Friday, June 15, 2007

Port of Call (1948)

Decent but flawed early work from Ingmar Bergman, back when he was still pushing his way through the structures of Swedish melodrama. In many ways, it's a step forward from Crisis -- his framing and visual storytelling can be seen to gain confidence here. An example is the early dancehall sequence where sailor Gösta first meets troubled young woman Berit; as they join together and begin their vertical flirtation, Bergman has the extras crowd around and frames the shots extra-tight so as to emphasize the sweaty overcloseness and discomfort one feels when waltzing across a floor with a person you met not five minutes earlier, and this physical awkwardness ties in with the themes of sexual angst that pop up later. There's also a fight scene, uncharacteristic for the director, that's really well handled, all clumsy blows and thrashing attempts at wounding nearby adversaries. It's a shame, then, that this burgeoning filmmaker is let down by his material -- Bergman, who also helped to adapt this from a novel by credited writer Olle Länsberg, does what he can to bring intelligence and sensitivity to this stock melodrama, and he almost makes it fly. The first two acts have a looseness that makes it feel like the characters are living lives instead of having life happen to them (the remarkable sexual frankness, honest without being explicit, helps); unfortunately, the third act, hinging as it does around an abortion performed on a minor character, allows the more overblown and less interesting aspects previously held in check to overwhelm the narrative. It's fine to have Berit say, "Books just make things worse," allowing us to mentally fill in the idea that intelligence and knowledge don't stave off loneliness, but to have Berit scrawl "LONELY" on a mirror in lipstick (as she does about fifteen minutes in) is overstating things. That's the level on which the third act is pitched, and it mars an otherwise-fine film. As such, it's an important developmental step, but its imperfections keep it at the level of a curiosity. Self-Reflex Dept.: Certainly there's some perverse humor at work when this most morose of directors has Gösta tell Berit, "Your lack of optimism is fascinating."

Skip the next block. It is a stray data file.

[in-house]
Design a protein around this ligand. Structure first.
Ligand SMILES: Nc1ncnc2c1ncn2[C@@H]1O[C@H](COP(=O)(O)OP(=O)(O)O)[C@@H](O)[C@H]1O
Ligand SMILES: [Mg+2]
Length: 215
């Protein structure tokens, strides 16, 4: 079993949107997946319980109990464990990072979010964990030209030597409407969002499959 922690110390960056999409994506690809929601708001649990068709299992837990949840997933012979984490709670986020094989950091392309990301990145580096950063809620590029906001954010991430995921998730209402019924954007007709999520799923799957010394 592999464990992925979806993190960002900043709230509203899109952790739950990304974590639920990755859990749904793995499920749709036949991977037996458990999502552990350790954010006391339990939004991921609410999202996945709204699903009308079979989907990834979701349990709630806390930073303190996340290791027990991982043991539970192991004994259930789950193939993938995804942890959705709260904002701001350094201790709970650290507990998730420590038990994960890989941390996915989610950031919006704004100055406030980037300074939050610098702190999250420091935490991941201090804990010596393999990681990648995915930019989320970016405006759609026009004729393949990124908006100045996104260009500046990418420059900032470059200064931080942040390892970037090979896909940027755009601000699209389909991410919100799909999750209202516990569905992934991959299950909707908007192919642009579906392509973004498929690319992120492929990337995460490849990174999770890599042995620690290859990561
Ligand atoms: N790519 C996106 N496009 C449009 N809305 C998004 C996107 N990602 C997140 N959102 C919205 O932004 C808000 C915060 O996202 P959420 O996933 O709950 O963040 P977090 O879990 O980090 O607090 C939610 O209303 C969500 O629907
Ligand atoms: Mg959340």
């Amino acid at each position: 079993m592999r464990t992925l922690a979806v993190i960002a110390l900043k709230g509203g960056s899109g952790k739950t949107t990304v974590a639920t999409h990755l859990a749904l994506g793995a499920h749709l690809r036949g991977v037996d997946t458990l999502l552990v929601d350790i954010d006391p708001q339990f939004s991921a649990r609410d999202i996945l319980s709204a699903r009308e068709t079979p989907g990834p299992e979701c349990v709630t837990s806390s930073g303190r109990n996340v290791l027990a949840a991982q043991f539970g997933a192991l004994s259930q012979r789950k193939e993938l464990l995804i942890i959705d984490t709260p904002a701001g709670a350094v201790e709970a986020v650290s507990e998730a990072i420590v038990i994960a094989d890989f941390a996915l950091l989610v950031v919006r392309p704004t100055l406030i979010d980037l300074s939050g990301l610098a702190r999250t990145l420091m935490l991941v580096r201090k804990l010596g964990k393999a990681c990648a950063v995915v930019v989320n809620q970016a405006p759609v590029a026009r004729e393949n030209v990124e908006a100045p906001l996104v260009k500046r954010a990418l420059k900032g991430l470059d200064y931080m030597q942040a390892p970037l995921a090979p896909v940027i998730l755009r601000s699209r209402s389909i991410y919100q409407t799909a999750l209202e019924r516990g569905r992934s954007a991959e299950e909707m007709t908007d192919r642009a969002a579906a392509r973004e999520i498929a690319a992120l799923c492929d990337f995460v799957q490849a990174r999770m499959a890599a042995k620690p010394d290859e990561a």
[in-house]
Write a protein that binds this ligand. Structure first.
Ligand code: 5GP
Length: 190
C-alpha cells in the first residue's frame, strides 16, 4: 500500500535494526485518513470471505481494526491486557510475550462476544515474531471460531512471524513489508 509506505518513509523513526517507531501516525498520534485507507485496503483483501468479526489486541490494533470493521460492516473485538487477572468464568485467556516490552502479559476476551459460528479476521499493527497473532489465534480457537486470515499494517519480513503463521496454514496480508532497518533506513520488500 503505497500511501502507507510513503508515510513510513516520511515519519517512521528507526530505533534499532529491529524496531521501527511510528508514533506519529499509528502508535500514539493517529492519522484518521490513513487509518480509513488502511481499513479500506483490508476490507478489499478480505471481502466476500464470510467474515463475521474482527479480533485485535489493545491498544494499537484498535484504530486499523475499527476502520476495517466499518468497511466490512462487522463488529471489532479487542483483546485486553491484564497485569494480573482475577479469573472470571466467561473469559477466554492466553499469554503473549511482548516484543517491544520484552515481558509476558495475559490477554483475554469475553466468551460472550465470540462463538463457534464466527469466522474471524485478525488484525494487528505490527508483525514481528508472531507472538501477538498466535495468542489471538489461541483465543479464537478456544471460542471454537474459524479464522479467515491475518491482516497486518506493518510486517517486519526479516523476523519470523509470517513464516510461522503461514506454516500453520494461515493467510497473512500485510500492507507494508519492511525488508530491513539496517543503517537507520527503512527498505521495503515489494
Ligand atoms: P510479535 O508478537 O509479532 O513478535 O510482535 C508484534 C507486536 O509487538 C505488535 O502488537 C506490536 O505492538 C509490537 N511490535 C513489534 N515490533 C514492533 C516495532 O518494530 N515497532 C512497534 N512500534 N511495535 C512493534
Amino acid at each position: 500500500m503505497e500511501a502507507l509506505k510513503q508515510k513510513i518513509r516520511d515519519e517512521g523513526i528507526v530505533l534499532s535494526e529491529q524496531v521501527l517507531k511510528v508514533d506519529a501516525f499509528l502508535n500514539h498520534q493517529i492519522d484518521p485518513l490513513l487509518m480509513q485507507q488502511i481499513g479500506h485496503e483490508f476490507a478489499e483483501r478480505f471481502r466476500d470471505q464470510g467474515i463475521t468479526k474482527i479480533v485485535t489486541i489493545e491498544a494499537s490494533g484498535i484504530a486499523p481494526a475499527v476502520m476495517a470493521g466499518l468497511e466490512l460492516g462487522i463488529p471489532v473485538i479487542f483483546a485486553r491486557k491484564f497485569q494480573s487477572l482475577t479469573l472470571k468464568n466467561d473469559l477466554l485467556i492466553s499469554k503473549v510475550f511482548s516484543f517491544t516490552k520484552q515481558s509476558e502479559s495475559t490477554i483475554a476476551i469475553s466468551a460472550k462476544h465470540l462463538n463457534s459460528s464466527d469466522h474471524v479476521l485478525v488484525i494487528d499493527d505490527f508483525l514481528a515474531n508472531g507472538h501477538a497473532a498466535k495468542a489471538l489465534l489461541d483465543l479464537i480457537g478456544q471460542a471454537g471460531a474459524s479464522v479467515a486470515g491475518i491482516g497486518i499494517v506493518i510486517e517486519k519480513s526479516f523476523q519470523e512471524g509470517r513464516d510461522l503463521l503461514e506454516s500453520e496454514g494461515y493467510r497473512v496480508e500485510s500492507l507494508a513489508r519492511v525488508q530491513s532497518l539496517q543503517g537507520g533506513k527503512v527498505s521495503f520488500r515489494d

Grade: B-


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